Kinetic energy of electrons/protons

  1. Hi, I'm working on the following:

    An electron starting from rest acquires 6.3 keV of KE in moving from point A to point B. (a) How much KE would a proton acquire, starting from rest and moving to point A? (b) Determine the ratio of their speeds at the end of their respective trajectories.

    So I understand that the proton will also have a KE of 6.3 keV because it has an equal but opposite charge to the electron (part A). But could someone give me a hint about the whole ratio of speeds part? Would I use some equation for velocity, and if so, how would I use the keV in it? Or do I use the respective masses of electrons and protons? Thx.
  2. jcsd
  3. Use the relativistic equation

    [tex] E = \gamma m c^2[/tex]

    where m is the rest mass to find the velocities of e and p.
  4. Think about energy conservation.

    There talking about kinetic energy,
    The equation for kinetic energy is

    [tex] KE = \frac{1}{2} m v^2 [/tex]

    using conservation of energy, how would the KE of the electron compare to the KE of the proton?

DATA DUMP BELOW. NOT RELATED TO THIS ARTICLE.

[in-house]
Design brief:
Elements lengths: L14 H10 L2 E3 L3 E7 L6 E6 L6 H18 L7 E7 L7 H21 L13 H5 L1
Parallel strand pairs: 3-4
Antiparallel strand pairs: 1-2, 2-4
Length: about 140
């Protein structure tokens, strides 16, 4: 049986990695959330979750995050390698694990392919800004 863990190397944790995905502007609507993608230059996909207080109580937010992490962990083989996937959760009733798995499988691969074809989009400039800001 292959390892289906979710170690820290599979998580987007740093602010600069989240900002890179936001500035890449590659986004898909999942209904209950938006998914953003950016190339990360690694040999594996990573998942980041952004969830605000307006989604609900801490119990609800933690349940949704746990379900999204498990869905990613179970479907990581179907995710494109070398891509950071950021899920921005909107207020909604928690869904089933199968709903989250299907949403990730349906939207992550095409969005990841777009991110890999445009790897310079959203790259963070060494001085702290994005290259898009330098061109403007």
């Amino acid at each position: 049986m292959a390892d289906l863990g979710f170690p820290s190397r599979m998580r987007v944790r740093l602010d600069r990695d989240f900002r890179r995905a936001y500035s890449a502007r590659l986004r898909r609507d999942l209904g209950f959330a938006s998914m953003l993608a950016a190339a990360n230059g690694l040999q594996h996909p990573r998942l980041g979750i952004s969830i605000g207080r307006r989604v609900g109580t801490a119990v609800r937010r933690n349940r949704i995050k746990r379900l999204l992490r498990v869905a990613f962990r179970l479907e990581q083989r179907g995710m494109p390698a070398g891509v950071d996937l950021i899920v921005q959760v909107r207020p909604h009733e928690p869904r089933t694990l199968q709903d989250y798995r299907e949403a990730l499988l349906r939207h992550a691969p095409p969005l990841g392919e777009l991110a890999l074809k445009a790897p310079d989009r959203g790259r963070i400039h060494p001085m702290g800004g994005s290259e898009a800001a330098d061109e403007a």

edit: This is assuming your looking at it from the "classical" sense. If not, look to the post above
  5. dextercioby

    dextercioby 12,328
    Science Advisor
    Homework Helper

    There's no need for relativistic formula,the ratio is approx 1/100 for the electron and 1/180000 for the proton (if the latter has the same 6.3 KeV).

  6. I'm sorry Dexter, I don't think I understand what you're saying?? The answer, according to my friend, is something like 1:43. So I am looking for the ratio of their two velocities. This is dependent on mass, correct? Thanks.
  7. Andrew Mason

    Andrew Mason 6,965
    Science Advisor
    Homework Helper

    Are we to assume that it acquires this KE by passing through an electric field? There are other ways it can acquire kinetic energy.

  8. dextercioby

    dextercioby 12,328
    Science Advisor
    Homework Helper

    I was making the ratio:
    [tex] (\frac{KE}{Rest \ mass \times c^{2}})_{electron} \sim \frac{6.3KeV}{511KeV}\sim \frac{1}{85} [/tex]

    Well,i approximated (not too accurately,though) to 1/100 and called the use of relativistic energy formula a mere complication...

  9. xanthym

    xanthym 412
    Science Advisor


    [tex] :(1): \ \ \ \ (ElectronKineticEnergy) = (ProtonKineticEnergy) = (6.3 keV) [/tex]

    [tex] :(2): \ \ \ \ \frac { M_{electron} V^{2}_{electron} } {2} = \frac { M_{proton} V^{2}_{proton} } {2} = (6.3 keV) [/tex]

    {Electron Mass} = (9.1093897e-31 kg)
    {Proton Mass} = (1.6726231e-27 kg)

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